- ^ “Jenny Lind Chapel (The Lutheran Journal, Vol. 60, #3, 1991)”. Archived from the original on 2013-11-02. Retrieved 2010-09-22.
- ^ “US Gazetteer files: 2010, 2000, and 1990”. United States Census Bureau. 2011-02-12. Retrieved 2011-04-23.
- ^ “G001 – Geographic Identifiers – 2010 Census Summary File 1”. United States Census Bureau. Archived from the original on 2020-02-13. Retrieved 2015-08-01.
- ^ “Census of Population and Housing”. Census.gov. Retrieved June 4, 2015.
- ^ “U.S. Census website”. United States Census Bureau. Retrieved 2008-01-31.
“Andover Tourism: Where Tradition Meets Progress,” https://sites.google.com/site/andovertourism/home (accessed July 31, 2021)
- Andover – a hidden treasure you must see:
- the place where Jenny Lind, the Swedish Nightingale, left a lasting footprint
Andover, which is celebrating its 185th+One birthday this year (click on June Festival link for details) , is strategically located between the Quad-Cities (22 miles), Galesburg (28 miles), Geneseo (18 miles), and Kewanee (22 miles). Within this western Illinois area of over 400,000 persons, you will find the amenities usually only offered in large cities: shopping, educational opportunities, recreation, art, museums, healthcare facilities, and restaurants.
Served by Interstate 74 and IL Route 81, Andover is a community where some 600 persons live, work, raise a family, and retire. Old historic homes are blended with new homes and historic buildings as you travel in all four directions from the former colony square – now the beautiful ten-acre Andover Lake Park. This brief video and these photos highlight Andover’s tourist attractions.
Andover Historical Society
The Andover Historical Society (AHS) was organized in 1967 for the purpose of preserving and maintaining historical buildings, records, lore and memorabilia of the Village and Township of Andover and surrounding communities. It also promotes tourism, and encourages people to enjoy Andover’s historical treasures. The AHS owns two historical buildings – the Andover Historical Museum and the American Woman’s League Chapter House (for details about these sites, please click on the “Places to Visit” tab on the left side). The AHS meets the third Tuesday of April, June, September and November at the American Woman’s League Chapter House at 1 pm. To become a member, or to make a donation, please list your name, mailing address, and make your check payable to Andover Historical Society, c/o Bonnie Bandelow, Treasurer, 903 17th Ave., Silvis, IL 61282. The individual annual membership is $10, individual life membership – $50, family annual membership – $20, business annual membership – $25, and business life membership – $250.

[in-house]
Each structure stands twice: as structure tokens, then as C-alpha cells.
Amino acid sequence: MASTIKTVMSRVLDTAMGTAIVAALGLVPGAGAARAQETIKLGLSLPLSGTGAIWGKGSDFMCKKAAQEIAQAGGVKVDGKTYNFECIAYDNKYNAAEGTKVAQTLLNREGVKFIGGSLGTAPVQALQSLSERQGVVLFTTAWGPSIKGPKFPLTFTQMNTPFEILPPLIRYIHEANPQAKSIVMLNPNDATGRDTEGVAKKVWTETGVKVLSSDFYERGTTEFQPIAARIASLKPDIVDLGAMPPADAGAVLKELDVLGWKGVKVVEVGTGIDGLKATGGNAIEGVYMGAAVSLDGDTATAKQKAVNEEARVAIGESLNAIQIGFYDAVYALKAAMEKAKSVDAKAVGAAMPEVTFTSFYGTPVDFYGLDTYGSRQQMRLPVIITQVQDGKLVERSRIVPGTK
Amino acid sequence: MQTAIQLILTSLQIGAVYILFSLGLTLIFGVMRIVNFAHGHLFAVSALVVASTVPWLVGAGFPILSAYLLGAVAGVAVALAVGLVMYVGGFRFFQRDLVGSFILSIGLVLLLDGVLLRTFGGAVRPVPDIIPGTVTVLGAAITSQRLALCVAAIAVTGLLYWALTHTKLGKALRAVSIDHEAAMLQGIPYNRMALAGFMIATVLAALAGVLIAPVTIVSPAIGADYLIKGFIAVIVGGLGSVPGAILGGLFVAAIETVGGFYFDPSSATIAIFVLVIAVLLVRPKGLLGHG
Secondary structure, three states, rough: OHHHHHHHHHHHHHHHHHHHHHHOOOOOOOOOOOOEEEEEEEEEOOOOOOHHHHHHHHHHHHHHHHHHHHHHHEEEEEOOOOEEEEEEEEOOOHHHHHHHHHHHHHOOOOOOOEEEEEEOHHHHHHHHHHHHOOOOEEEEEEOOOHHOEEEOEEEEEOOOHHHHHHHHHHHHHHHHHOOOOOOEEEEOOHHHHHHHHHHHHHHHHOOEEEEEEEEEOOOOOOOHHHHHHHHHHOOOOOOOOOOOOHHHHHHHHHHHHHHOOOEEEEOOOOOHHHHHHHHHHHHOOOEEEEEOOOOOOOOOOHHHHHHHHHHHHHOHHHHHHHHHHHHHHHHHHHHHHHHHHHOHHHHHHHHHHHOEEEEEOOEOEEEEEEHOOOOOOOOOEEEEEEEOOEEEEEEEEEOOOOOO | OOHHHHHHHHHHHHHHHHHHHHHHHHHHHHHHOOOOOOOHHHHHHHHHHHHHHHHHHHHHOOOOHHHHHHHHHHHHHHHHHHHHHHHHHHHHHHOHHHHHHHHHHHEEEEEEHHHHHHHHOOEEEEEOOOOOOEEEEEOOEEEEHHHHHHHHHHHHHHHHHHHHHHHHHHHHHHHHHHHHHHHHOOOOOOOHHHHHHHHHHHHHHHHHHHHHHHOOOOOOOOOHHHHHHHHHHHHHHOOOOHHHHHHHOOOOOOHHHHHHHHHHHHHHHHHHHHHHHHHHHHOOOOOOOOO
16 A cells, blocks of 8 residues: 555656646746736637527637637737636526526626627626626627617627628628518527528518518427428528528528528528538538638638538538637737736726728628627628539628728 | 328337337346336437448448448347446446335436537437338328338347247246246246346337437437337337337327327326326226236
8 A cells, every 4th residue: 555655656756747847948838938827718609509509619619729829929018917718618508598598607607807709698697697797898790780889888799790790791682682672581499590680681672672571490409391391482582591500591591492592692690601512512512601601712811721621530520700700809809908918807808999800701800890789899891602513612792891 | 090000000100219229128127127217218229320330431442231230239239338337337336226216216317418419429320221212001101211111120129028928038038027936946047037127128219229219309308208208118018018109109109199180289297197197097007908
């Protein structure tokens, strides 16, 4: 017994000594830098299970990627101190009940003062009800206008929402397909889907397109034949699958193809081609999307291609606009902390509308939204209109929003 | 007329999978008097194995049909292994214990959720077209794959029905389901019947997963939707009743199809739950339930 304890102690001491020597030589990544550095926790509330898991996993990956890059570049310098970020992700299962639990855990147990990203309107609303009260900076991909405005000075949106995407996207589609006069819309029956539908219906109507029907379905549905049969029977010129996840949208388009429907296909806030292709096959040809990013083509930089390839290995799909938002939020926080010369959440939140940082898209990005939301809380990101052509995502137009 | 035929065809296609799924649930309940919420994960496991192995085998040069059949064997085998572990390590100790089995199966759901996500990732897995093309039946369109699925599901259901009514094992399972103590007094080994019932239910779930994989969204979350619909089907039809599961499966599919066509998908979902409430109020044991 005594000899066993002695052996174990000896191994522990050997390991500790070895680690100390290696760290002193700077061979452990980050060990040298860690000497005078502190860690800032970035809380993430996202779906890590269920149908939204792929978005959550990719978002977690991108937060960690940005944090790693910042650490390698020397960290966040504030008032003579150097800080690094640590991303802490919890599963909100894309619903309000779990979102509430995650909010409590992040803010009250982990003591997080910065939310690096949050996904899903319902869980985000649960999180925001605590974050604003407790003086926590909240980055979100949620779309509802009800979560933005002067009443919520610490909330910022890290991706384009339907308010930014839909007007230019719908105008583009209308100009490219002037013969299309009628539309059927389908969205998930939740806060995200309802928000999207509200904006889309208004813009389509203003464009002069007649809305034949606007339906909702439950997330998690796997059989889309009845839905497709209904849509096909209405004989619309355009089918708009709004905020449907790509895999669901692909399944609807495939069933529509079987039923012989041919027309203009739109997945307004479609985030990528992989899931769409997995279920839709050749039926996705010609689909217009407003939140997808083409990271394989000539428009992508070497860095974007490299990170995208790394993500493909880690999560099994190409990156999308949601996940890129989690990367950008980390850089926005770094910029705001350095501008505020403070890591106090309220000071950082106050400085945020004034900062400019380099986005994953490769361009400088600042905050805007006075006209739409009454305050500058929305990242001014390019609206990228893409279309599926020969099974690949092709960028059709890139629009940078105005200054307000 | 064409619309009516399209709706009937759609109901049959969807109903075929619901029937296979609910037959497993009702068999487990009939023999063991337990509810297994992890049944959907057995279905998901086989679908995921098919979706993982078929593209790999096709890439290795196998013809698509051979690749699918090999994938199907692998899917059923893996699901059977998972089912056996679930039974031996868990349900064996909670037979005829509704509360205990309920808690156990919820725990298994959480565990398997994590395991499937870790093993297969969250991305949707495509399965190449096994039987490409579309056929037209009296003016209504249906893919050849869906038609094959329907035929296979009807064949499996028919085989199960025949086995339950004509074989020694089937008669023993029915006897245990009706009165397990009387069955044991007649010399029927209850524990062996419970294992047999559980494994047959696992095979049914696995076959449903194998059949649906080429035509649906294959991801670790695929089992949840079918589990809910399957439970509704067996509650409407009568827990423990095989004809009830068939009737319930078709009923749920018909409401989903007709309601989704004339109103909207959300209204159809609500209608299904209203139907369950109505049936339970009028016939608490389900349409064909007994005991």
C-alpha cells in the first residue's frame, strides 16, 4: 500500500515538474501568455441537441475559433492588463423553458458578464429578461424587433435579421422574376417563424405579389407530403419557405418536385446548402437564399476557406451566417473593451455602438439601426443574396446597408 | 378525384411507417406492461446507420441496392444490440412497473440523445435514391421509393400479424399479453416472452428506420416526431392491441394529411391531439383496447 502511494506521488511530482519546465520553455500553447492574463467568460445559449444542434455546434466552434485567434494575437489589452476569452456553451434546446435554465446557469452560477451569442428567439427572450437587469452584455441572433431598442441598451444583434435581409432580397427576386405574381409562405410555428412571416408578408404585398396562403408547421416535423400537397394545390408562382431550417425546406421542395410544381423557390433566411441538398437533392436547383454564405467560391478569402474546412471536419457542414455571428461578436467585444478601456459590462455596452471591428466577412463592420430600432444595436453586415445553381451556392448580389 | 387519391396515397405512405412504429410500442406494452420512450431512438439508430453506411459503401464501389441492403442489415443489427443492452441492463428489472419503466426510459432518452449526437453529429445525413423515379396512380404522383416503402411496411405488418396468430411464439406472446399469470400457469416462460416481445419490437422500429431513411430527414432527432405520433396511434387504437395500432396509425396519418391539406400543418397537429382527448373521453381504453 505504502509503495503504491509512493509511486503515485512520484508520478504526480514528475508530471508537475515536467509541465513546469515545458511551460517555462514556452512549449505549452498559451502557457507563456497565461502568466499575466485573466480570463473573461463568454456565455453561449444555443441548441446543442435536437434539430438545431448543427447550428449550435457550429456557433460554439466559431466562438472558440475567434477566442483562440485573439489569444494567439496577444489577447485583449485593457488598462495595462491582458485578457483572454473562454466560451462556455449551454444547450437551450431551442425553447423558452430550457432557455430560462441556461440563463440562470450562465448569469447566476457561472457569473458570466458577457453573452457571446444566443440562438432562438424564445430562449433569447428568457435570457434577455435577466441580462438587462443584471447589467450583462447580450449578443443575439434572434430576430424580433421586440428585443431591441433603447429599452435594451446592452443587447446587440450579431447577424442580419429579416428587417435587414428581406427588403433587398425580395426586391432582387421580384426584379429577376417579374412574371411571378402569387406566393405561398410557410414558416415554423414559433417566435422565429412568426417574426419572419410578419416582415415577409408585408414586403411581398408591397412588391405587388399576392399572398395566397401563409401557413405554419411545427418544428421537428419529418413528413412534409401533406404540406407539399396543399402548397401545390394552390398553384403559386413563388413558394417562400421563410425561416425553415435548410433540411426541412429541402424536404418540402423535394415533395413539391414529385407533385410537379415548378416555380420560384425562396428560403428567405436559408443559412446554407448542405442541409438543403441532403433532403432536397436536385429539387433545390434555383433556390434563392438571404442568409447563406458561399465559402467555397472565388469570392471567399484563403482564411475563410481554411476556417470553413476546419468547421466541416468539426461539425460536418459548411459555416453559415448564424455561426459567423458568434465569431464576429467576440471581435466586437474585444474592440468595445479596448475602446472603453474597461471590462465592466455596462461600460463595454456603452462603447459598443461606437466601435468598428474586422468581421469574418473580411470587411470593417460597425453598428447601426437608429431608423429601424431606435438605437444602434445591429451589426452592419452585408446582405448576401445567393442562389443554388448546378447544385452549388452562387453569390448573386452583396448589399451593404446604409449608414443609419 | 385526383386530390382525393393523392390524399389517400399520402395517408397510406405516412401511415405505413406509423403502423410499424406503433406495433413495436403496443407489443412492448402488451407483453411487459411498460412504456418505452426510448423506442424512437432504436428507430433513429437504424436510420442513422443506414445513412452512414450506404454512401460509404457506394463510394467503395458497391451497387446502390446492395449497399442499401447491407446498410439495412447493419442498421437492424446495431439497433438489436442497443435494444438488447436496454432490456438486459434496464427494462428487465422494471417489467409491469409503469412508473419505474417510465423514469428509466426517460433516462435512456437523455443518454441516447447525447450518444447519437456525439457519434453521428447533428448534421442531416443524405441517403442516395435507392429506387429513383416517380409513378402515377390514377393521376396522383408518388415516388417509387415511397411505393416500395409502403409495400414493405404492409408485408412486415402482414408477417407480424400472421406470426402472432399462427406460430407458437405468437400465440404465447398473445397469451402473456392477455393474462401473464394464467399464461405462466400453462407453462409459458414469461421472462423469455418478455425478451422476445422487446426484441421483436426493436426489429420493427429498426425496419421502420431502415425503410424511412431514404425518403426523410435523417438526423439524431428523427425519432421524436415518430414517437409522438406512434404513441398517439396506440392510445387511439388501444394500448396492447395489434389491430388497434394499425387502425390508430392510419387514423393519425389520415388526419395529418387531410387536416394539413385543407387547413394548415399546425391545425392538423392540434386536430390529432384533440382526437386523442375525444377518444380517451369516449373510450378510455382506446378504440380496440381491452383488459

Lisa Huntsha has been named part-time curator for the AHS. She will be working on preservation of historical artifacts, books, records and documents at the two historical buildings; as well as seeking grants to help develop education programs for students of all ages. She is also the part-time curator for the Jenny Lind Chapel Immigration Museum. Lisa is the archivist/librarian for the Swenson Swedish Immigration Research Center at Augustana College in Rock Island, IL. A descendant of Swedish immigrants, she graduated from Augustana in 2010 with a degree in Scandinavian Studies; and went on to get her master’s degree in Museum Studies from Syracuse University in 2011. She is passionate about both preserving the past and helping others connect the past with the present.
The website is: andoverhistoricalsociety.wordpress.com/about